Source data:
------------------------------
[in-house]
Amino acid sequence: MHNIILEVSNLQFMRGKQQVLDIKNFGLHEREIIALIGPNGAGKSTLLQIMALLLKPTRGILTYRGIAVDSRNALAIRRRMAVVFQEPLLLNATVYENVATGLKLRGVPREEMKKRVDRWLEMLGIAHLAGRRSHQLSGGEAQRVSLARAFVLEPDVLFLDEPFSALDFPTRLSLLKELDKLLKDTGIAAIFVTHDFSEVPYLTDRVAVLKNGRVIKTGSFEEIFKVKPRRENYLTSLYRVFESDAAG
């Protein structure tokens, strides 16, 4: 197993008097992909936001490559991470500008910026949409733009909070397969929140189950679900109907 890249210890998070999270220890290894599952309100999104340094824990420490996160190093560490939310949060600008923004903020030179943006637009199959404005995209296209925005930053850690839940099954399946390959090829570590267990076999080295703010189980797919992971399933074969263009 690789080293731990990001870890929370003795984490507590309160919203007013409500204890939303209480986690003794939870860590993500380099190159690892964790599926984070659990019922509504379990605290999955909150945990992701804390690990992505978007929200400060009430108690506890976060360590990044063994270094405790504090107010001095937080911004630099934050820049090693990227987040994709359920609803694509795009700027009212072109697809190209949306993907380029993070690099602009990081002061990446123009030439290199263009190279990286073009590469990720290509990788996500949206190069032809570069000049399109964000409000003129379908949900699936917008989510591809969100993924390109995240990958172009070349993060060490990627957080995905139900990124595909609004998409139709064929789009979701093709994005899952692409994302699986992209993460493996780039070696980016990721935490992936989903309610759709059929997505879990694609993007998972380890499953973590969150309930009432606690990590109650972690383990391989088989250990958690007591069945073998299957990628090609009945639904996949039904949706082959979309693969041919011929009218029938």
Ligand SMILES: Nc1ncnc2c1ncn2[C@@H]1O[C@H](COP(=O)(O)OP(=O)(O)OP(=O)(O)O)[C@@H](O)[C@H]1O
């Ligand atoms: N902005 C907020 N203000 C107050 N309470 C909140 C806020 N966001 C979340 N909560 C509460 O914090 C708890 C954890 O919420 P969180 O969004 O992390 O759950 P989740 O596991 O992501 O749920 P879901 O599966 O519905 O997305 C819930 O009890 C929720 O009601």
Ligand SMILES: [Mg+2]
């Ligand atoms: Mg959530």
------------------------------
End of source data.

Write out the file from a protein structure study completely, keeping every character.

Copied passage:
[in-house]
Amino acid sequence: MHNIILEVSNLQFMRGKQQVLDIKNFGLHEREIIALIGPNGAGKSTLLQIMALLLKPTRGILTYRGIAVDSRNALAIRRRMAVVFQEPLLLNATVYENVATGLKLRGVPREEMKKRVDRWLEMLGIAHLAGRRSHQLSGGEAQRVSLARAFVLEPDVLFLDEPFSALDFPTRLSLLKELDKLLKDTGIAAIFVTHDFSEVPYLTDRVAVLKNGRVIKTGSFEEIFKVKPRRENYLTSLYRVFESDAAG
């Protein structure tokens, strides 16, 4: 197993008097992909936001490559991470500008910026949409733009909070397969929140189950679900109907 890249210890998070999270220890290894599952309100999104340094824990420490996160190093560490939310949060600008923004903020030179943006637009199959404005995209296209925005930053850690839940099954399946390959090829570590267990076999080295703010189980797919992971399933074969263009 690789080293731990990001870890929370003795984490507590309160919203007013409500204890939303209480986690003794939870860590993500380099190159690892964790599926984070659990019922509504379990605290999955909150945990992701804390690990992505978007929200400060009430108690506890976060360590990044063994270094405790504090107010001095937080911004630099934050820049090693990227987040994709359920609803694509795009700027009212072109697809190209949306993907380029993070690099602009990081002061990446123009030439290199263009190279990286073009590469990720290509990788996500949206190069032809570069000049399109964000409000003129379908949900699936917008989510591809969100993924390109995240990958172009070349993060060490990627957080995905139900990124595909609004998409139709064929789009979701093709994005899952692409994302699986992209993460493996780039070696980016990721935490992936989903309610759709059929997505879990694609993007998972380890499953973590969150309930009432606690990590109650972690383990391989088989250990958690007591069945073998299957990628090609009945639904996949039904949706082959979309693969041919011929009218029938």
Ligand SMILES: Nc1ncnc2c1ncn2[C@@H]1O[C@H](COP(=O)(O)OP(=O)(O)OP(=O)(O)O)[C@@H](O)[C@H]1O
């Ligand atoms: N902005 C907020 N203000 C107050 N309470 C909140 C806020 N966001 C979340 N909560 C509460 O914090 C708890 C954890 O919420 P969180 O969004 O992390 O759950 P989740 O596991 O992501 O749920 P879901 O599966 O519905 O997305 C819930 O009890 C929720 O009601």
Ligand SMILES: [Mg+2]
């Ligand atoms: Mg959530």